In short it all depends on the rules and regulations of the agency issuing the licence so I would double check with them so that your daughter does not fall fowl of the law.
All the best.


I’ve had the top right peripheral vision lost in my both my eyes. The first doctor I went to for an eye test said legally I can, but I should never drive, because he’s known people in similar conditions die in accidents. My second eye test, the doctor said I should be fine, just try and avoid driving at night (different doctors, and no improvements with the eye test). I have gone for my Ls and have had some lessons, and so far haven’t experienced any problems (though I haven’t done many hours). I’m of course always going to take extra precautions and try to avoid driving at night. Anyway, as you’ve read doctors can seem to have VERY different opinions. It is a very hard decision to make.

Dani was cleared to drive by her neuro-opthamologist. I just don’t think it’s very safe. How can someone with peripheral vision loss use the side mirrors to check for cars overtaking them and see cross traffic?


I found out about my avm about 4 yrs ago. The reason I found out was due to my vision. At first, docs said I had psuedotumor cerebri which was causing my vision loss. Then they found the avm. As the avm is in the left sylvan fissure, there is much debate as to whether the avm or the psuedotumor is the cause of the vision loss. The loss itself started out slowly in just my left peripheral vision. Gradually, I began losing more and more in the left and then in the right. My docs decided I should have an optic nerve sheath fenestration which would relieve the fluid build up in the optic nerves which was the ultimate cause of the vision loss. Unfortunately, the sx caused complete vision loss in the right eye. I can no longer drive at night or in the rain. During the day,when driving, I have learned that I must turn my head anytime I want to do something that involves anything on my right side. I will say that it’s very hard to judge distances when passing other cars or backing up. I think that it has been a little easier for me because I have been driving for almost 20 yrs and am familiar with driving. I have a limited drivers license that does not allow me to drive at night and minimally during the day. I always, always obey this even though the loss of independence has been very difficult. The bottom line is, though, driving is not worth hurting myself or someone else. You should always know what your limits are. Best of luck to you and your daughter.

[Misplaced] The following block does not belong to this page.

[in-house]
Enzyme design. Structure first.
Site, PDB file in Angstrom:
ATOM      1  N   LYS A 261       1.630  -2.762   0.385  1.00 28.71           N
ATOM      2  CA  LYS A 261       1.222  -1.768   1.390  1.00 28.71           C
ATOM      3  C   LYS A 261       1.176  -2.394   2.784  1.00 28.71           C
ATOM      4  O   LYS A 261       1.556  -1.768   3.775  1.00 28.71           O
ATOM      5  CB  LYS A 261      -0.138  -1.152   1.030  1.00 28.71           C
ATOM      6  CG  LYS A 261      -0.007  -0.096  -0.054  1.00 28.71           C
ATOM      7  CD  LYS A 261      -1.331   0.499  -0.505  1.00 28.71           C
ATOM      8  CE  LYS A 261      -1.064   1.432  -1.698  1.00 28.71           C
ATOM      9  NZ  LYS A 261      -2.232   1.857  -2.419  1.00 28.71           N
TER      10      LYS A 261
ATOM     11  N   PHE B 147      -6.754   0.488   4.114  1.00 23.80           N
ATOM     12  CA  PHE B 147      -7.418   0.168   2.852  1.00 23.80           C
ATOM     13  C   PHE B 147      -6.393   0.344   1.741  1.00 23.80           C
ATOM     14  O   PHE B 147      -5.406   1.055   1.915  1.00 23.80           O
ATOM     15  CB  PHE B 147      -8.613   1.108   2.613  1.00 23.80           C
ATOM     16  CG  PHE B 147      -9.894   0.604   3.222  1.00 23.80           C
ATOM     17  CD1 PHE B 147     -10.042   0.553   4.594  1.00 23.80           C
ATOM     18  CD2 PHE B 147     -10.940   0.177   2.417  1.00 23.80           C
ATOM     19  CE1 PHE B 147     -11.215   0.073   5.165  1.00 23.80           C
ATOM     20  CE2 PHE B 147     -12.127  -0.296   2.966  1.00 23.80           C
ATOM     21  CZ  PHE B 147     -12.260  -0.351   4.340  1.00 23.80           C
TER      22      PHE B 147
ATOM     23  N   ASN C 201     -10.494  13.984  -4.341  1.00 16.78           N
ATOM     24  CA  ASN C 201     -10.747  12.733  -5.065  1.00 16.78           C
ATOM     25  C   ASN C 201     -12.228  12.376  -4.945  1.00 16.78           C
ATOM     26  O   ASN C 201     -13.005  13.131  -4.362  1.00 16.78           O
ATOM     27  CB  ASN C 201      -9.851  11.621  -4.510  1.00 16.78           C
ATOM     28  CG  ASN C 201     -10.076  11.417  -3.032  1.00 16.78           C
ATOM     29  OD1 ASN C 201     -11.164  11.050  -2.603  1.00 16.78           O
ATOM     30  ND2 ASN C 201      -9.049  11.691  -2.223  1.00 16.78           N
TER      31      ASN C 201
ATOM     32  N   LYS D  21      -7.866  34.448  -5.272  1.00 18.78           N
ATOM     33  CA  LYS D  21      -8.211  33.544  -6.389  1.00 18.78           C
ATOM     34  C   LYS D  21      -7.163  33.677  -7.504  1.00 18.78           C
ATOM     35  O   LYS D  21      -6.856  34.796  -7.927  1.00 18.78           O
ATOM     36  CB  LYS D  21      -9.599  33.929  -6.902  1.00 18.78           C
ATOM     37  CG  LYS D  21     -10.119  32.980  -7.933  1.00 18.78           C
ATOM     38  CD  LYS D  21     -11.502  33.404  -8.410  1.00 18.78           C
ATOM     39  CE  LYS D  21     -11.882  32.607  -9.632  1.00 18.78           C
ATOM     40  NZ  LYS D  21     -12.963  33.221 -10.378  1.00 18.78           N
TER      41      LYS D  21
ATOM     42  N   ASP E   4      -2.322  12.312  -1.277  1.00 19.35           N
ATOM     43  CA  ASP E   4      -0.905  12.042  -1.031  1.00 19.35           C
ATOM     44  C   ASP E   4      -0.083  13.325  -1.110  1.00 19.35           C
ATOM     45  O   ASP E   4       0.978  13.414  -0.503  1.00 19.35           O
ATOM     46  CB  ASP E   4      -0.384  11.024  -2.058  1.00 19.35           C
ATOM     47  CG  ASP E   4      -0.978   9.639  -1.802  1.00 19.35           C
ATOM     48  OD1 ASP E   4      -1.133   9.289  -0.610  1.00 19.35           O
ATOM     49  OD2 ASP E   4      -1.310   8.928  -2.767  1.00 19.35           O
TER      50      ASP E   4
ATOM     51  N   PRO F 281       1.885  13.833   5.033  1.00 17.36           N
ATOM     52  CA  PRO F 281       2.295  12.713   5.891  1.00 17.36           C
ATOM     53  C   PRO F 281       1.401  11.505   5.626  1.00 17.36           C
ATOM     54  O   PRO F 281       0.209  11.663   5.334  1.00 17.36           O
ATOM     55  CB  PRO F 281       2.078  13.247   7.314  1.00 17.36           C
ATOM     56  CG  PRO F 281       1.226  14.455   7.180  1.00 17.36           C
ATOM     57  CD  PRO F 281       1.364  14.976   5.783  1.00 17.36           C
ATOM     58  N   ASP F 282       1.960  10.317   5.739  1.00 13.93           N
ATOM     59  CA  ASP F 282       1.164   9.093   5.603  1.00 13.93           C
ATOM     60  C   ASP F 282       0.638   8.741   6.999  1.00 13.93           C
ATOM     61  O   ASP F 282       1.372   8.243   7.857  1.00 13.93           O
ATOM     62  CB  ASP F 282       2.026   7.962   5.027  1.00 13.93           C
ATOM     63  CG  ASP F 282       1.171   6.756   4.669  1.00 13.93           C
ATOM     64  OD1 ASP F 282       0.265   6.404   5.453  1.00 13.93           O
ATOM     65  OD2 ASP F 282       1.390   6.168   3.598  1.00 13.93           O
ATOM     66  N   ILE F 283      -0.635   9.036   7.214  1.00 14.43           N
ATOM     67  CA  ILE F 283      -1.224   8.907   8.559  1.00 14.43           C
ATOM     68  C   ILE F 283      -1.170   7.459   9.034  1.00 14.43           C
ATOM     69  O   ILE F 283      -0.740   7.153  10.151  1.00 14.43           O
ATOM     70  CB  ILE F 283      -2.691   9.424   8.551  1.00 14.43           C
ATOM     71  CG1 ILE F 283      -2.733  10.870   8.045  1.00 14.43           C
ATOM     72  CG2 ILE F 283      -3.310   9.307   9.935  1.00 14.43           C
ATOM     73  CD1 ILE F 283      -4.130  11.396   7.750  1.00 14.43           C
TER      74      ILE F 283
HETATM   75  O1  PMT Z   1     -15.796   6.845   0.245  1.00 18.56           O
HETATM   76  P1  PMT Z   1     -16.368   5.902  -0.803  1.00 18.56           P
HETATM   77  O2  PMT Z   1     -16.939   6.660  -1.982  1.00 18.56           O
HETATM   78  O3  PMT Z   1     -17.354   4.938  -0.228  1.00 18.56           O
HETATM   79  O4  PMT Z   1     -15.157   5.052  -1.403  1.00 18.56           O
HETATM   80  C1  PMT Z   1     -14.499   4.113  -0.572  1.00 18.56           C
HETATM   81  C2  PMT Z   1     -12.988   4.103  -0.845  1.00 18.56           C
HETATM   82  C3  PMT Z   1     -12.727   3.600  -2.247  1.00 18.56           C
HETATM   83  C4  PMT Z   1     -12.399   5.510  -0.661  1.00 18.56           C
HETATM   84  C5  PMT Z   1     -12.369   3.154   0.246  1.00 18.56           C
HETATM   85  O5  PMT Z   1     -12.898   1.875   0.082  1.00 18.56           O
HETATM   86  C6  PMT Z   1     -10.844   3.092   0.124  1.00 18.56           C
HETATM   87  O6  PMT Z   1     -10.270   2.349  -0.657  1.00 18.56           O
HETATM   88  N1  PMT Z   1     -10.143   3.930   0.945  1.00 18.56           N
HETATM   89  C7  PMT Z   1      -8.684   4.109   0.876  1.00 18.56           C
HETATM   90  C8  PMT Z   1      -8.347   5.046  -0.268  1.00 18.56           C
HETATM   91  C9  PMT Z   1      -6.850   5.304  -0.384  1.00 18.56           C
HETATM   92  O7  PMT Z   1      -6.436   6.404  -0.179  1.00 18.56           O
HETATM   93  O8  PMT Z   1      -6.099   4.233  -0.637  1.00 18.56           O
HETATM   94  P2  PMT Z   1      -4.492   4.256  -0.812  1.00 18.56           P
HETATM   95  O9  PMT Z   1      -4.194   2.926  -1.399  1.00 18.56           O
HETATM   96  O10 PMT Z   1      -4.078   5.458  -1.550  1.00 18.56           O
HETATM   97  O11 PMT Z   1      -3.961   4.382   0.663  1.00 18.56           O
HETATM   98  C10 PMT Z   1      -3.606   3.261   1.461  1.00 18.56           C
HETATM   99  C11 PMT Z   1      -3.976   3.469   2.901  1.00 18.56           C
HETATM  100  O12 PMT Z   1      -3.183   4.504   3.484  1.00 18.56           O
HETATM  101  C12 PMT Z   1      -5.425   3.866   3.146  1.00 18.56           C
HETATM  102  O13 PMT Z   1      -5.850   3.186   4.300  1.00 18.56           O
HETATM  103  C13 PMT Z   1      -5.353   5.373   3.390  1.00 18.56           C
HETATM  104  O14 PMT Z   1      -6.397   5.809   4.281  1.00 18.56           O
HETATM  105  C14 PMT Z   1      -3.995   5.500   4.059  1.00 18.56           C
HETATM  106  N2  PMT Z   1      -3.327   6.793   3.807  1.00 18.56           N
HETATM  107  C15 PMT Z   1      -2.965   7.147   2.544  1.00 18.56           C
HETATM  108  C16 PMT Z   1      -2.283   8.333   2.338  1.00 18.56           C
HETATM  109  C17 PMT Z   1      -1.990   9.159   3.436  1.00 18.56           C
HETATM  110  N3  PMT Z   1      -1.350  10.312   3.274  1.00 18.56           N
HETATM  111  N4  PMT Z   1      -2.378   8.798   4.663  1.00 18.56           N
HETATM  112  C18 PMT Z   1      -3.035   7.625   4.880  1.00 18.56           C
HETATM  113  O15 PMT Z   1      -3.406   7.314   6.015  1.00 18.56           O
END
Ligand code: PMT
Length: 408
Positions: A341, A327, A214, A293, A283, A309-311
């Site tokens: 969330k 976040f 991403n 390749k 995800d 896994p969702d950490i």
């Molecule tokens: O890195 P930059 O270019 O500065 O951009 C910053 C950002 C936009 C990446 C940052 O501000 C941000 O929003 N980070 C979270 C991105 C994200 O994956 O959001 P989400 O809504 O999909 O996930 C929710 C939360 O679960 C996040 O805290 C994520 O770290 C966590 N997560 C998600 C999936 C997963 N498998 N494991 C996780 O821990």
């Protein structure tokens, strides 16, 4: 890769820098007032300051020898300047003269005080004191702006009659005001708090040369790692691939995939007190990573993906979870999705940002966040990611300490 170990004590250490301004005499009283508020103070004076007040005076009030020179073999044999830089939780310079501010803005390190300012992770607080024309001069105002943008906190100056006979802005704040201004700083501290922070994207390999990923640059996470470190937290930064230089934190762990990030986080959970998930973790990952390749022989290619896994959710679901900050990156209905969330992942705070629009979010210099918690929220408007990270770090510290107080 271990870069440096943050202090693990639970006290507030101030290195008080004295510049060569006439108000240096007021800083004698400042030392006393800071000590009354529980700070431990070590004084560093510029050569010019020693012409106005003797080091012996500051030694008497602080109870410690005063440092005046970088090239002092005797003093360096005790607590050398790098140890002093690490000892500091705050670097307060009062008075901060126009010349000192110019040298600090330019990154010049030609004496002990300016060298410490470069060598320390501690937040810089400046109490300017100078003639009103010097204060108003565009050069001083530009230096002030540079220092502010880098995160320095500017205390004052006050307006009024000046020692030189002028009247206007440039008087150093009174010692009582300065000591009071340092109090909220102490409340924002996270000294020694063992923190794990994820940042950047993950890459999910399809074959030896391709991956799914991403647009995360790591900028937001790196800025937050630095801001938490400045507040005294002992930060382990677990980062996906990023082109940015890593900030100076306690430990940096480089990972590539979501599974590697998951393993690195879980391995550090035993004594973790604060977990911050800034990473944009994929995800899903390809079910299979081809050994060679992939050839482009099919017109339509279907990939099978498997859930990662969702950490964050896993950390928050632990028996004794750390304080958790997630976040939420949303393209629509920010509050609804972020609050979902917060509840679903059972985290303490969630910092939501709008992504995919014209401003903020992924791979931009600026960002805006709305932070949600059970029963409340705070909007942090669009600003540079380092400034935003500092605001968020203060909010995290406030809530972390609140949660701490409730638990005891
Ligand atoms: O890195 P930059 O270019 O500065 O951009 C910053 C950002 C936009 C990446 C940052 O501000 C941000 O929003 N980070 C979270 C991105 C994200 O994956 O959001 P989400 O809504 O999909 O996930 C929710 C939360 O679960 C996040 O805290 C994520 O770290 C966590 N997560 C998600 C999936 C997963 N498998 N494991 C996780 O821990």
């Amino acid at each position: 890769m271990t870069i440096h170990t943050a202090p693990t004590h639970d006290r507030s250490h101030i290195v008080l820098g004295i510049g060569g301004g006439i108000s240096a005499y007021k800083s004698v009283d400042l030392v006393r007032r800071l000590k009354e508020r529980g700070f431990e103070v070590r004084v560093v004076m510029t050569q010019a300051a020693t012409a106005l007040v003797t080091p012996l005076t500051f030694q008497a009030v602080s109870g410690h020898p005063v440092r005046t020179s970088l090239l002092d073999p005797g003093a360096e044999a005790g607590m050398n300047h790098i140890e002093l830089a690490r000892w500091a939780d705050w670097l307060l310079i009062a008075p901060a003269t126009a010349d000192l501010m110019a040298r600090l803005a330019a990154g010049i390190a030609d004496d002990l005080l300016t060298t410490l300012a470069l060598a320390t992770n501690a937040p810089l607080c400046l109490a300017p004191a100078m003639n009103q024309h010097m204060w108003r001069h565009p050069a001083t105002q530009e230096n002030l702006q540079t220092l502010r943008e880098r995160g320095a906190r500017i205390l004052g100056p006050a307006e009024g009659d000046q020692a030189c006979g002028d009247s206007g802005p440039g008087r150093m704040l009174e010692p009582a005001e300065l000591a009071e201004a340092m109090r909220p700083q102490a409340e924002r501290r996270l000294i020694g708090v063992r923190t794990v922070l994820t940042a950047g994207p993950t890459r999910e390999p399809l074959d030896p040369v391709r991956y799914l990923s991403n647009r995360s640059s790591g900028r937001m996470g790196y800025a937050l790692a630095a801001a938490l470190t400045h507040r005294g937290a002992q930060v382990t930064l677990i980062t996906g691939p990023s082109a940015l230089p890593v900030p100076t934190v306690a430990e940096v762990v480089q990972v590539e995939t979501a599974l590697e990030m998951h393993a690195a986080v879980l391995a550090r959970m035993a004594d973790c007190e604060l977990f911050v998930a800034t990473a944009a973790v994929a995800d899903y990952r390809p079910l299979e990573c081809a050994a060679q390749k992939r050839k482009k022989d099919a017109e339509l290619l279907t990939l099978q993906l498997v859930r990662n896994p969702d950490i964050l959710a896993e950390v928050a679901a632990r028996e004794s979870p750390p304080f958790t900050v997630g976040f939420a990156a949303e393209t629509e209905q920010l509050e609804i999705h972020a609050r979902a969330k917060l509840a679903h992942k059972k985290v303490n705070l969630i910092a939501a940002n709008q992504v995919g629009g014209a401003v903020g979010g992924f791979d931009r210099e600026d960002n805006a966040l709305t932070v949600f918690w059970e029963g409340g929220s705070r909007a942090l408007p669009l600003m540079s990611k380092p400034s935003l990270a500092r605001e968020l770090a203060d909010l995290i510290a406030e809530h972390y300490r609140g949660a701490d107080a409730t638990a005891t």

Irene C said:

The statement, how can anyone use the side mirrors when driving with a field cut, was put forth. They can use the side mirrors, but only if they REMEMBER they are there and turn their head to look at them. I never looked at the side mirror, as I never learned to do so or to remember that the mirror was there. I have a bicycle, which is also dangerous, but hey I have to get places, and I had a mirror mounted on the left handlebar end. I took the bike in for service, and the guy asked me what happened to my mirror. I had not even noticed, and don’t know when it happened, but the mirror so close to me was smashed to pieces but it was invisible to me and I never looked at it.


it is very sad hearing this news, I have been through this too. However I have always felt that I was lucky to discover this when I was young so I could plan my life ahead rather than having to give up a job etc.

Because I have had this option I have planned ahead and moved to a city centre and got a job that does not require driving. I am very happy with where I have got to and sometime think even if I could drive would there be amy need. The only time it was hard was when my friends started to drive, but this was just a short period and my family were very supportive, so try and explain that it really isn’t the end of the world and you also find a lot of people will help you out.

I hope there are more options, but life goes on and not being able to drive has very rarely limited to anything.

All the best